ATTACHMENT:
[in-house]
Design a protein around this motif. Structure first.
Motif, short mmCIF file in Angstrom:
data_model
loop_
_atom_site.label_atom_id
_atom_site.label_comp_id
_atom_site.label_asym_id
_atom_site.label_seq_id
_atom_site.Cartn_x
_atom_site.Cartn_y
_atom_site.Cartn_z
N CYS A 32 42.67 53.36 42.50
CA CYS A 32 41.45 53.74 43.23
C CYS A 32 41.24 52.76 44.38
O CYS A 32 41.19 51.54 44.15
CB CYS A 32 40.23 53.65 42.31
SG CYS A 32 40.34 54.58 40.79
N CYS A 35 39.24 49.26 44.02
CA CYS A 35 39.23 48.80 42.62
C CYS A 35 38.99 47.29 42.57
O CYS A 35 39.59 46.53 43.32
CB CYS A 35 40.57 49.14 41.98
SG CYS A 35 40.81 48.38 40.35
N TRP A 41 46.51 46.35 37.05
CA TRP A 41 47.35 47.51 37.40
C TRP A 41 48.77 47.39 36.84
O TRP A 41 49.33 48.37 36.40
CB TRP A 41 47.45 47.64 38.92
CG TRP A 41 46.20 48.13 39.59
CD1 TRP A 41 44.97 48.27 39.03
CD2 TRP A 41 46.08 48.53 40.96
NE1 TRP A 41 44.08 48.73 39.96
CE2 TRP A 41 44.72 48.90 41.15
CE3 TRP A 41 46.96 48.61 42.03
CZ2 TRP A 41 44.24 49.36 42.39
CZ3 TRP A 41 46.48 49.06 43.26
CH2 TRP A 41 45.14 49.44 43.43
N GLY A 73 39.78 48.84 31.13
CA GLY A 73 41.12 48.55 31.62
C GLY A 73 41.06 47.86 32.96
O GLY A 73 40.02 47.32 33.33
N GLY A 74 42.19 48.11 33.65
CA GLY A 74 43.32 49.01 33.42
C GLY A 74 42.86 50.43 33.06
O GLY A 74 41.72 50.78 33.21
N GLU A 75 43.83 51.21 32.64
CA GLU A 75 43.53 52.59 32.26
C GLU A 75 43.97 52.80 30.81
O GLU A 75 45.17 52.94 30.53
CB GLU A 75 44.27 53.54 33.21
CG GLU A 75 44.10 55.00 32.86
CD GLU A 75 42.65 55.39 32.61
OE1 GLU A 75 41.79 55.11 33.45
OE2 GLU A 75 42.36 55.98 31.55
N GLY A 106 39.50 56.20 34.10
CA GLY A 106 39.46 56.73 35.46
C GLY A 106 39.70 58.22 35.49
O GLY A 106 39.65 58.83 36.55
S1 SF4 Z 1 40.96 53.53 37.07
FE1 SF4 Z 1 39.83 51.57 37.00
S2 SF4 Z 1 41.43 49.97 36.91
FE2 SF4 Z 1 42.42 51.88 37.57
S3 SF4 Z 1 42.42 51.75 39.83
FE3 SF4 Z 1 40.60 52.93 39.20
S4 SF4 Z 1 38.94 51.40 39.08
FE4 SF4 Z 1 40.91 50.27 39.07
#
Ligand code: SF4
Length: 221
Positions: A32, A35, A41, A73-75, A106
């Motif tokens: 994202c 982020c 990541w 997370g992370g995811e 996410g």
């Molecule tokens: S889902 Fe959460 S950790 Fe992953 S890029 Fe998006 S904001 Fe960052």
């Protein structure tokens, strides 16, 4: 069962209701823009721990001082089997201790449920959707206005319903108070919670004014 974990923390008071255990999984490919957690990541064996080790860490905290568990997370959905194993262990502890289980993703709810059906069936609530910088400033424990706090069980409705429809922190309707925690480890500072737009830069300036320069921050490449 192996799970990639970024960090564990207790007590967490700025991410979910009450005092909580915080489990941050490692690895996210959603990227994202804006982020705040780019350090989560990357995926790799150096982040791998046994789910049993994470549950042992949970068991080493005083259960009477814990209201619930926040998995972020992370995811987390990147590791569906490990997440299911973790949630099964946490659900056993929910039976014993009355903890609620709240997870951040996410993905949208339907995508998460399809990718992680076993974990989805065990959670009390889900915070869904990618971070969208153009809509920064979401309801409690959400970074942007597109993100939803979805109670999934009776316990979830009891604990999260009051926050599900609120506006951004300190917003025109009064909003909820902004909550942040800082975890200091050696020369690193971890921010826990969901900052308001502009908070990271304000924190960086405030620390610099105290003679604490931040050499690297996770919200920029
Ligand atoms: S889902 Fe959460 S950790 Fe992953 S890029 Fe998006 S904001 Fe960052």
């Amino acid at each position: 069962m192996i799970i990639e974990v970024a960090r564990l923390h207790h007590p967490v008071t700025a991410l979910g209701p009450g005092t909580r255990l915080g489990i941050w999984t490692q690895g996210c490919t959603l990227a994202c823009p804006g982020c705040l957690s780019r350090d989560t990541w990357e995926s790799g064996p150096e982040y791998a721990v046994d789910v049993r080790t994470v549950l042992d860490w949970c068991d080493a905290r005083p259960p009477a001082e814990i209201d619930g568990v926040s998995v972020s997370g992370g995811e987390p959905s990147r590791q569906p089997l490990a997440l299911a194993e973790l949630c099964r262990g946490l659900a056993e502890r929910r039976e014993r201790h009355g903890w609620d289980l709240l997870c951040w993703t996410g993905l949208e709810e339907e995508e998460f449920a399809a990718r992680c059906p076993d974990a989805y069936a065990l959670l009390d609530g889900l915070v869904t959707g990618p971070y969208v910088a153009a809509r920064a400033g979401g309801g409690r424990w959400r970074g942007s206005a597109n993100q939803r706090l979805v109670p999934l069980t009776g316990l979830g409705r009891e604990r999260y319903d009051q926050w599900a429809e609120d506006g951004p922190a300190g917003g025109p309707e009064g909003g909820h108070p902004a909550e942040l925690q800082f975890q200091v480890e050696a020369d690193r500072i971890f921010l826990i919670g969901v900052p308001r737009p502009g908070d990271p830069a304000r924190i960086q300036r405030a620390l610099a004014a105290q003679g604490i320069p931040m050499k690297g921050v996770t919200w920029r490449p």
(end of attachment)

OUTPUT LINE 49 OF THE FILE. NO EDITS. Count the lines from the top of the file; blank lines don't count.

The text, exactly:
C GLU A 75 43.97 52.80 30.81